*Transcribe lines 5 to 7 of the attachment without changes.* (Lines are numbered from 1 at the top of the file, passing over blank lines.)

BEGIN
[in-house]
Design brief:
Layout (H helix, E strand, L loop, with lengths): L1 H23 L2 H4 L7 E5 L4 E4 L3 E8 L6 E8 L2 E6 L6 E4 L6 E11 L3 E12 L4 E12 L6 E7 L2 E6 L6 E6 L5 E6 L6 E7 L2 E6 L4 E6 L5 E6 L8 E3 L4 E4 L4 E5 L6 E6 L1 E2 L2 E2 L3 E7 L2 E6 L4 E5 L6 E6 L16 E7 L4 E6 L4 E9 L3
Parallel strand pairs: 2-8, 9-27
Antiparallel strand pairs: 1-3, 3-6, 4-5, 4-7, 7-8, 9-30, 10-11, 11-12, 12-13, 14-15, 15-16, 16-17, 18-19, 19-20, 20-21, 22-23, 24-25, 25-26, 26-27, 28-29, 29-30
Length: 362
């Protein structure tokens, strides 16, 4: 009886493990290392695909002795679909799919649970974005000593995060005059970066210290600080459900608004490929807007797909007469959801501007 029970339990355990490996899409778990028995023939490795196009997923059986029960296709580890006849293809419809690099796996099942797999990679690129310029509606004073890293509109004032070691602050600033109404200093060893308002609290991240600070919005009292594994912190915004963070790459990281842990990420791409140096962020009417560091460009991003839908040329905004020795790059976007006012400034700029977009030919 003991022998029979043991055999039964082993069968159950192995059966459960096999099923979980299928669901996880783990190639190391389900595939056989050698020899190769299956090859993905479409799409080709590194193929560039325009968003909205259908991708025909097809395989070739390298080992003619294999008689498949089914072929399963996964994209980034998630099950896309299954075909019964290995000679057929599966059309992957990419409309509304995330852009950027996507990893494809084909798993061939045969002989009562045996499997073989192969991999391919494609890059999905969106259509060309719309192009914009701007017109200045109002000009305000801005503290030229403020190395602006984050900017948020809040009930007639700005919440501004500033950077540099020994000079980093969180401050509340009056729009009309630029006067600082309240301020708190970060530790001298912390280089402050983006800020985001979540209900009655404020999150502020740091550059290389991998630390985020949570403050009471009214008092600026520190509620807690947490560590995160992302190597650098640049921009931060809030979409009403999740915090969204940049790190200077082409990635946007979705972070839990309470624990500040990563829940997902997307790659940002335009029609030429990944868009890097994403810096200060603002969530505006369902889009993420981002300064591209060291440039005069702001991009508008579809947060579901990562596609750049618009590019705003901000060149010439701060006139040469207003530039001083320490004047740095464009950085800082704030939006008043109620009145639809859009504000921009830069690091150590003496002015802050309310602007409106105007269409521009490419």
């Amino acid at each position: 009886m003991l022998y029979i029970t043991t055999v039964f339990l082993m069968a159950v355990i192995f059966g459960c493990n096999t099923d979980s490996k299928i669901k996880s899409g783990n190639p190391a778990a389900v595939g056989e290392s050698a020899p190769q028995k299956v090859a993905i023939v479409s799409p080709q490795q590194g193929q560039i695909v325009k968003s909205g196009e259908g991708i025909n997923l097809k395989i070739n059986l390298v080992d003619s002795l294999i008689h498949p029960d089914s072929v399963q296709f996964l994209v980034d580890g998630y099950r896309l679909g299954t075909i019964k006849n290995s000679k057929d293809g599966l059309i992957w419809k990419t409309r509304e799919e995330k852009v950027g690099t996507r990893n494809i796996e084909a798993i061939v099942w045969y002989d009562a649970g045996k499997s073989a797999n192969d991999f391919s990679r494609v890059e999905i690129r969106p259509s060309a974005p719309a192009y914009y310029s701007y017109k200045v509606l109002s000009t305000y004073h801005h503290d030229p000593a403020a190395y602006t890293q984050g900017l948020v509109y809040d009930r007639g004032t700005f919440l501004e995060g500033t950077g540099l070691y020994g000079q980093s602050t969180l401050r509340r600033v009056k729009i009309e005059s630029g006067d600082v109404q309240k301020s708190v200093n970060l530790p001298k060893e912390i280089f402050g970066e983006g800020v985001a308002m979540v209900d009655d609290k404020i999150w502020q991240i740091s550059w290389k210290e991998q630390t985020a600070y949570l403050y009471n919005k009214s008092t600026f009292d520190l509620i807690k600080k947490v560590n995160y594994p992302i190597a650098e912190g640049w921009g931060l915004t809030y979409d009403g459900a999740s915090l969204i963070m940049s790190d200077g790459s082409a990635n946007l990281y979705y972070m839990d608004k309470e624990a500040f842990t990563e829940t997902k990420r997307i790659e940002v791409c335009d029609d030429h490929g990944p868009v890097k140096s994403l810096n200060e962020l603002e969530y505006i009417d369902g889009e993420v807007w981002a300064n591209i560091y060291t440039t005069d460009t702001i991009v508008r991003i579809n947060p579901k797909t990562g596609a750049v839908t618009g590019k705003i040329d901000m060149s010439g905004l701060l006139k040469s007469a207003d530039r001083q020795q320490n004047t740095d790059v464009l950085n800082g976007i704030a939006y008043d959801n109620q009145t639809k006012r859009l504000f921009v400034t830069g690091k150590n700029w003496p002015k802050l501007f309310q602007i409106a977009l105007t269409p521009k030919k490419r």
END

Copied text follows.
Antiparallel strand pairs: 1-3, 3-6, 4-5, 4-7, 7-8, 9-30, 10-11, 11-12, 12-13, 14-15, 15-16, 16-17, 18-19, 19-20, 20-21, 22-23, 24-25, 25-26, 26-27, 28-29, 29-30
Length: 362
């Protein structure tokens, strides 16, 4: 009886493990290392695909002795679909799919649970974005000593995060005059970066210290600080459900608004490929807007797909007469959801501007 029970339990355990490996899409778990028995023939490795196009997923059986029960296709580890006849293809419809690099796996099942797999990679690129310029509606004073890293509109004032070691602050600033109404200093060893308002609290991240600070919005009292594994912190915004963070790459990281842990990420791409140096962020009417560091460009991003839908040329905004020795790059976007006012400034700029977009030919 003991022998029979043991055999039964082993069968159950192995059966459960096999099923979980299928669901996880783990190639190391389900595939056989050698020899190769299956090859993905479409799409080709590194193929560039325009968003909205259908991708025909097809395989070739390298080992003619294999008689498949089914072929399963996964994209980034998630099950896309299954075909019964290995000679057929599966059309992957990419409309509304995330852009950027996507990893494809084909798993061939045969002989009562045996499997073989192969991999391919494609890059999905969106259509060309719309192009914009701007017109200045109002000009305000801005503290030229403020190395602006984050900017948020809040009930007639700005919440501004500033950077540099020994000079980093969180401050509340009056729009009309630029006067600082309240301020708190970060530790001298912390280089402050983006800020985001979540209900009655404020999150502020740091550059290389991998630390985020949570403050009471009214008092600026520190509620807690947490560590995160992302190597650098640049921009931060809030979409009403999740915090969204940049790190200077082409990635946007979705972070839990309470624990500040990563829940997902997307790659940002335009029609030429990944868009890097994403810096200060603002969530505006369902889009993420981002300064591209060291440039005069702001991009508008579809947060579901990562596609750049618009590019705003901000060149010439701060006139040469207003530039001083320490004047740095464009950085800082704030939006008043109620009145639809859009504000921009830069690091150590003496002015802050309310602007409106105007269409521009490419």